Futurism is, at best, a speculative affair. If it’s difficult to say “goodbye to all that,” in the perennial words of Robert Graves, it’s even harder to tell what follows its departure. For those who seek a better world–if not a kingdom of freedom, then perhaps a few villages–this future often seems elusive. Our nascent peace, so trumpeted as a consequence of our modern humanity’s “better angels,” is surely reversible. Illusions of control over our collective politics fade into weakness, creating systemic vacuums that shape uncertain cycles of violence. These cycles are hardly inevitable, and are often disrupted, but history’s moral arc is long, indeed.
But imagining our future is a necessary task, one which can explain our tragic past and, optimistically, improve a dismal present. In a recent post, Sean Langberg imagines the future of mass atrocity and, consequently, of mass atrocity prevention. As Jay Ulfelder observes on Twitter, “prevention requires foresight,” so that those who seek a better future might anticipate its probable roadblocks. Sean’s basic question–“What can we expect from future mass atrocities?”–is an important one, and a fundamental dilemma for a still-emerging human rights agenda.
It’s important to define what this question is, and what it isn’t. It isn’t an exercise in prediction, though predictive analysis is futurism’s closest corollary. When we predict something, we assess the probability that a specific event will occur: if “x” conditions, then “y” outcomes. Political scientists have devised robust tools of quantitative analysis to predict future events: coups, electoral victories, political instability, and, most relevantly, mass killing. Prediction assumes a basic theory of causality, by which certain factors become more influential than others. Sean’s futurism is different, but complementary. In describing the future of mass atrocity as a concept, we describe a mass atrocity as a complex system where the basic ecology of violence is in constant flux. A mass atrocity’s dynamism resists neat causal models, as global phenomena affect trends in local violence throughout time. A mass atrocity is not dynamic because all politics is complex, though it is, but because the social experience of mass human death iterates itself. It totally transforms how people interact with each other and with the organizations they form, again and again and again.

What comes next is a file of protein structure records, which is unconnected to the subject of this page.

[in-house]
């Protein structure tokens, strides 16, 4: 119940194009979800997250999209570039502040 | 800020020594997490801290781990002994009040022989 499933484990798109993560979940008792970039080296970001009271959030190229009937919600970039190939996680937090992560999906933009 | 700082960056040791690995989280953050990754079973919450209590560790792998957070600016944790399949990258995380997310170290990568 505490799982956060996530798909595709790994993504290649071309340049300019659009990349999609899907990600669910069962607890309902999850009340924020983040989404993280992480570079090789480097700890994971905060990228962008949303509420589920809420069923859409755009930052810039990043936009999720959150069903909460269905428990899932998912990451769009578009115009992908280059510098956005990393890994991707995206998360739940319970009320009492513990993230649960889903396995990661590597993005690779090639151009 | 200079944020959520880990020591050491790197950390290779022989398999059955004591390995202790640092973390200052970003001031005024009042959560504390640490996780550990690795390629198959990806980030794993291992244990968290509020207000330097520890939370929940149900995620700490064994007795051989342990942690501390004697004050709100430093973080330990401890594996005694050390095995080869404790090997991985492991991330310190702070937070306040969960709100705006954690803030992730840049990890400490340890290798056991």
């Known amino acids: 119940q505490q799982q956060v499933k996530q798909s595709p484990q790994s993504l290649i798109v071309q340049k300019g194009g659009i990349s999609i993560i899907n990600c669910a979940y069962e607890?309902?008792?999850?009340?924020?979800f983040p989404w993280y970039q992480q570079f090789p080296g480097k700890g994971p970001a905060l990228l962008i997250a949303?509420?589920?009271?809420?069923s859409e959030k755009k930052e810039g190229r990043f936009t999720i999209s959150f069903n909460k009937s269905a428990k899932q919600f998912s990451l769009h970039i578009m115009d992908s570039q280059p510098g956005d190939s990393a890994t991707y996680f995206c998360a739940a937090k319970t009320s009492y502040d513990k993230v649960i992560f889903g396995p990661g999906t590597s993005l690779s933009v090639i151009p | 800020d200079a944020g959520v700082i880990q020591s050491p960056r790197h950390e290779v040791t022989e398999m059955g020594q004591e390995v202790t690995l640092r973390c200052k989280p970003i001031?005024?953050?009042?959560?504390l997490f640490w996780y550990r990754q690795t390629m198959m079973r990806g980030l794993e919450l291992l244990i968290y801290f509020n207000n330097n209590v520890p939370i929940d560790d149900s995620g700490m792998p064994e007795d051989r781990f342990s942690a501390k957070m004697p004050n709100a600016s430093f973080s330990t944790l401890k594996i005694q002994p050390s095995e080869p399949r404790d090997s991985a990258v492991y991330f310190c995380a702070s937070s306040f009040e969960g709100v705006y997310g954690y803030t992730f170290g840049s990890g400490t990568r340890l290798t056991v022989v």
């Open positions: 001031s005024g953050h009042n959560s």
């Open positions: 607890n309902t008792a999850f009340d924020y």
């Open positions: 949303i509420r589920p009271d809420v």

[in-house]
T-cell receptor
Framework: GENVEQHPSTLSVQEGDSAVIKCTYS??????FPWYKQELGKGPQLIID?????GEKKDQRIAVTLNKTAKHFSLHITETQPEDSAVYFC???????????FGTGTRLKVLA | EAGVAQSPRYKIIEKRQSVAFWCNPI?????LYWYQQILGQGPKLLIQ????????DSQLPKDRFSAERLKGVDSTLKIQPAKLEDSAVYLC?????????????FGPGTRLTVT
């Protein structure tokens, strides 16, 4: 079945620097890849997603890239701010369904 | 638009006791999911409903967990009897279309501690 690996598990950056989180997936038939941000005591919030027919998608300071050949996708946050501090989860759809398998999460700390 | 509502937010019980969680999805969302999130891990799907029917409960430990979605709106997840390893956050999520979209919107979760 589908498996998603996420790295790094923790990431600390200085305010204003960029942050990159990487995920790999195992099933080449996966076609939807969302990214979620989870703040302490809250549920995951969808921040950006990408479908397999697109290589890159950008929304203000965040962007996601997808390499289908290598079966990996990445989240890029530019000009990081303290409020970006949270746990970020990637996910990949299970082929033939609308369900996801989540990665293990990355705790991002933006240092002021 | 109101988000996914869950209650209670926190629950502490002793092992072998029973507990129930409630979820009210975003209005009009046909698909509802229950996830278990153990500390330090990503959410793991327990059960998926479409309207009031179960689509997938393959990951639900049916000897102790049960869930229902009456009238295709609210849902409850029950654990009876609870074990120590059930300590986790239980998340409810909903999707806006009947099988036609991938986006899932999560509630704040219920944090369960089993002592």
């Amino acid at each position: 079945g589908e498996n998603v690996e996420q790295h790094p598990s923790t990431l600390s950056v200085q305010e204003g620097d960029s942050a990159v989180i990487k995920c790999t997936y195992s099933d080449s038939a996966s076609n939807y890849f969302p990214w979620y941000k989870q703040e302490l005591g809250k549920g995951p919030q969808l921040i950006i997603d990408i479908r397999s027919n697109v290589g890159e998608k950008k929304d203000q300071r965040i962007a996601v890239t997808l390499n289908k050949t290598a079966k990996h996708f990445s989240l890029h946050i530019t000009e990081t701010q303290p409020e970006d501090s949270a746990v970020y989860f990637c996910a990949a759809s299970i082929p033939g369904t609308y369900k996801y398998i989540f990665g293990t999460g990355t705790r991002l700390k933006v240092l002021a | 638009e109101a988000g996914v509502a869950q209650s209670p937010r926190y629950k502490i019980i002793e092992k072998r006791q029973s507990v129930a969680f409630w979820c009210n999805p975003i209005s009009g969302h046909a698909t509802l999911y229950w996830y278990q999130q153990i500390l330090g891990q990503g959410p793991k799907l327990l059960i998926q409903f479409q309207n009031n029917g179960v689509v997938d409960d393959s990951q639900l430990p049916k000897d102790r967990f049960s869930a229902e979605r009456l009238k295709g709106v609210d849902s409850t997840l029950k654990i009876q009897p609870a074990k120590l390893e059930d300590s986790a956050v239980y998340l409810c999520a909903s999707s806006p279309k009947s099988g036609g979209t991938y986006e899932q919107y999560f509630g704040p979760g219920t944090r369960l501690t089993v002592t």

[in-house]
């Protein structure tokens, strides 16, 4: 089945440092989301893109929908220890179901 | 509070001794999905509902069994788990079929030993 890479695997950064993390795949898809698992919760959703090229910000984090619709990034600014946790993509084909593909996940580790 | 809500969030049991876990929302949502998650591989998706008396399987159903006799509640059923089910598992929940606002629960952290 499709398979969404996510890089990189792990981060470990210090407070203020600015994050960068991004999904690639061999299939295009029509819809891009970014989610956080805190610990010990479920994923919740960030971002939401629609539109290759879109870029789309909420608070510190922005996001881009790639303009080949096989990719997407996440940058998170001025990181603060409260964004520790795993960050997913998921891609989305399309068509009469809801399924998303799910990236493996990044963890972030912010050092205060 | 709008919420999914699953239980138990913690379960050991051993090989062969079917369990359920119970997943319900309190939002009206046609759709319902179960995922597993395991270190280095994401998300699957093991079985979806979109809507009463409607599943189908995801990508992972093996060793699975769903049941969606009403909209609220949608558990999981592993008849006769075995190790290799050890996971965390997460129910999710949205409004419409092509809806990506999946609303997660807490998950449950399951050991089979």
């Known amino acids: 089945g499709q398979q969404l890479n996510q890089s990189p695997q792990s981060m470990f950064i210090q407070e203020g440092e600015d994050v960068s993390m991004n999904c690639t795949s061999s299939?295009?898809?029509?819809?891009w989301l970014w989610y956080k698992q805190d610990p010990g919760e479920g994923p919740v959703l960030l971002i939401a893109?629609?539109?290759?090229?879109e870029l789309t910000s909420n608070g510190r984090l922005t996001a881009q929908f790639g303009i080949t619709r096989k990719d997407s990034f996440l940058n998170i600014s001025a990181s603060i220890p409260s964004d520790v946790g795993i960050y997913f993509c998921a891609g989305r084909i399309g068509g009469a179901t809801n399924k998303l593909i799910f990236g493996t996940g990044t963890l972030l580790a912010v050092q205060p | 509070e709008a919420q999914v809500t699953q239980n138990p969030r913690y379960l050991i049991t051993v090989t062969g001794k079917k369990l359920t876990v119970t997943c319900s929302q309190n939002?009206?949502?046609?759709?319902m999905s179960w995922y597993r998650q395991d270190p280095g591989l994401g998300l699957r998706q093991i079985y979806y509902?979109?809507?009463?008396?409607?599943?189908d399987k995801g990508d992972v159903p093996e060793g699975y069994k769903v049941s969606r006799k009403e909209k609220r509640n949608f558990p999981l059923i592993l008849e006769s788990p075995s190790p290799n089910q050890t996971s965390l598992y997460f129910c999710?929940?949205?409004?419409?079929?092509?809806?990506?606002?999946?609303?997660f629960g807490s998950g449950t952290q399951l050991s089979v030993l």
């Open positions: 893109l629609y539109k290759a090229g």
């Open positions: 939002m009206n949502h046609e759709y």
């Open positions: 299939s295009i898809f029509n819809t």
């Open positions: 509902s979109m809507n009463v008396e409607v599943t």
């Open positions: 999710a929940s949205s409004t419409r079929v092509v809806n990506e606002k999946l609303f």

The dynamism of mass violence suggests that, to speculate about the future of mass violence, we must look to the evolution of the global system. By global system, I refer to a plural, simultaneous series of political relationships: local to international, national to regional, and so on. To isolate a specific level of analysis–the United Nations over the nation-state, the grassroots peacebuilding organization over the multinational peacekeeping force–is to restrict international politics to unhelpful ideological priors, which are scarcely relevant to the human experience of mass violence. How people associate to resist violence, how they subsist during total war–these questions, and not whether the resulting organizations are “local” or “regional,” shape the contours of a mass atrocity.